Running a profitable franchise is not as easy as it seems. You need excellent managerial skills and a lot of hard graft to make it work.
For anyone thinking of setting up a business, it’s likely that the thought of joining a franchise has crossed your mind. And you are not limited to McDonalds and Burger King restaurants as there are scores of different brands to choose from covering lots of industries.
New figures from the NatWest/British Franchise Association survey shows the industry is now worth a staggering £11.4bn – in 2007, it was £10.8bn. Even more impressive is the fact that 90% of franchises claim to be trading profitably. The sector is growing rapidly and now employs 467,000 people.
Now consider the flipside of the coin: if you were to begin a business on your own, the likelihood of still trading after five years is down to a measly 20% – a massive difference. Some of the benefits of joining a successful franchise as opposed to going it alone are obvious enough. For example, the market research will already have been carried out, the format is tried-and-tested, and customers will feel more confident about buying a product or service from an established name. Plus, you won’t have to spend as much on promoting your product or service because people already know the brand.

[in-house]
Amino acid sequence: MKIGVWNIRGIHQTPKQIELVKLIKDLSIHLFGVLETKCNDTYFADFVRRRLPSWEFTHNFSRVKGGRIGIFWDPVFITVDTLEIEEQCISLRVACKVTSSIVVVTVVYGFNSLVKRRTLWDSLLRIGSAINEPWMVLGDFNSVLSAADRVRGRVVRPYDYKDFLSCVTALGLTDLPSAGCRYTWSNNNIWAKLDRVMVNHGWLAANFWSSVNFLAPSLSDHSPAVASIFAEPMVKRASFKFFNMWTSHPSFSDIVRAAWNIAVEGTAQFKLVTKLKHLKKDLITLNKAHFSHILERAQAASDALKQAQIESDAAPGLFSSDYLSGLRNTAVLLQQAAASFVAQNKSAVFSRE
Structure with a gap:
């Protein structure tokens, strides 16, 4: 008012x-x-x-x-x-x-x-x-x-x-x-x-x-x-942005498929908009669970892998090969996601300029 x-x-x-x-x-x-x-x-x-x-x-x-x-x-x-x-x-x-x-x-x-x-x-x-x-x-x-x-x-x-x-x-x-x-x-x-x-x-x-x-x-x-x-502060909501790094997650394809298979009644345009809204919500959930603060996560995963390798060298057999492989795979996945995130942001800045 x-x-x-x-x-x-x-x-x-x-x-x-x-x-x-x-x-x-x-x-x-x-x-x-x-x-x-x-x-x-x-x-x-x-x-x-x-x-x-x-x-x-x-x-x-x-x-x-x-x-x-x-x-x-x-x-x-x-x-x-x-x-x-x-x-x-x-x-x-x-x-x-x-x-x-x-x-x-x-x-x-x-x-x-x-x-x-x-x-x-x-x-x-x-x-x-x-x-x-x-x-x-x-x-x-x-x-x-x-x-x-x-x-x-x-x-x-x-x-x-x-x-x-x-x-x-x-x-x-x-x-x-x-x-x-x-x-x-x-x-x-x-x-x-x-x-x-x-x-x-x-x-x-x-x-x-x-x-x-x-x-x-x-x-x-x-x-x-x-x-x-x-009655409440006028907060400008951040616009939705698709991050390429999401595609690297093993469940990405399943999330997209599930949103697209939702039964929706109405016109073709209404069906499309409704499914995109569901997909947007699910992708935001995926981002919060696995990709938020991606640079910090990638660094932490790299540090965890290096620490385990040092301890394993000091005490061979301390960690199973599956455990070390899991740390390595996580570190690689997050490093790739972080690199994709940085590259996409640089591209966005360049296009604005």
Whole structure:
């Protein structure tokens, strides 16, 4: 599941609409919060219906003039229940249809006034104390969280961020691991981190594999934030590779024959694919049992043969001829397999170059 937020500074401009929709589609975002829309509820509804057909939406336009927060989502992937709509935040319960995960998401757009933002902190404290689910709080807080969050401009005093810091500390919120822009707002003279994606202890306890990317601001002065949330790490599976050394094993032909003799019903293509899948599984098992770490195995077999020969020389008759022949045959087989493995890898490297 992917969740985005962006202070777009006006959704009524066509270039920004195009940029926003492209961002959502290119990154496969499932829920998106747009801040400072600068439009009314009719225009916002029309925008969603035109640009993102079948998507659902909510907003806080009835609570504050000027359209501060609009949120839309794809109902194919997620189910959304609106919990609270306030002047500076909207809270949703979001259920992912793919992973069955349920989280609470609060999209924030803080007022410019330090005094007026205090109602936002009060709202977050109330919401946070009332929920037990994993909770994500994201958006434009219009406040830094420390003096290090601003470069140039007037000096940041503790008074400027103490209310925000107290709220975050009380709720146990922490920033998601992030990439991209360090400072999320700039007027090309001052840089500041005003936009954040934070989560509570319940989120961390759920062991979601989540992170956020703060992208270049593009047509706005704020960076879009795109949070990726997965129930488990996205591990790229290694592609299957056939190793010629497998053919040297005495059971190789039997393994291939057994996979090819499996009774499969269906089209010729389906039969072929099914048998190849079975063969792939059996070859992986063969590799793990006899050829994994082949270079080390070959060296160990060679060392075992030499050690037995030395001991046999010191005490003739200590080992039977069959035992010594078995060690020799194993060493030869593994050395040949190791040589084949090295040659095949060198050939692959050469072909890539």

How it works
Franchising is considered to be a safer way of growing a successful business, at a faster pace, because you enter the market with an established brand and a well-liked format. And businesses choose to sell franchises because the method allows for expansion and market penetration on a scale which would otherwise be too costly and difficult to achieve quickly. You, the franchisee, will own the business and can start trading once a licence has been issued by the franchisor. You will have full control of some things, such as the number of staff you hire and the promotions you run. Others, such as the look of the premises, staff uniforms and promotional materials, will be determined for you. If you deviate from what is set out in your contract, it could be terminated.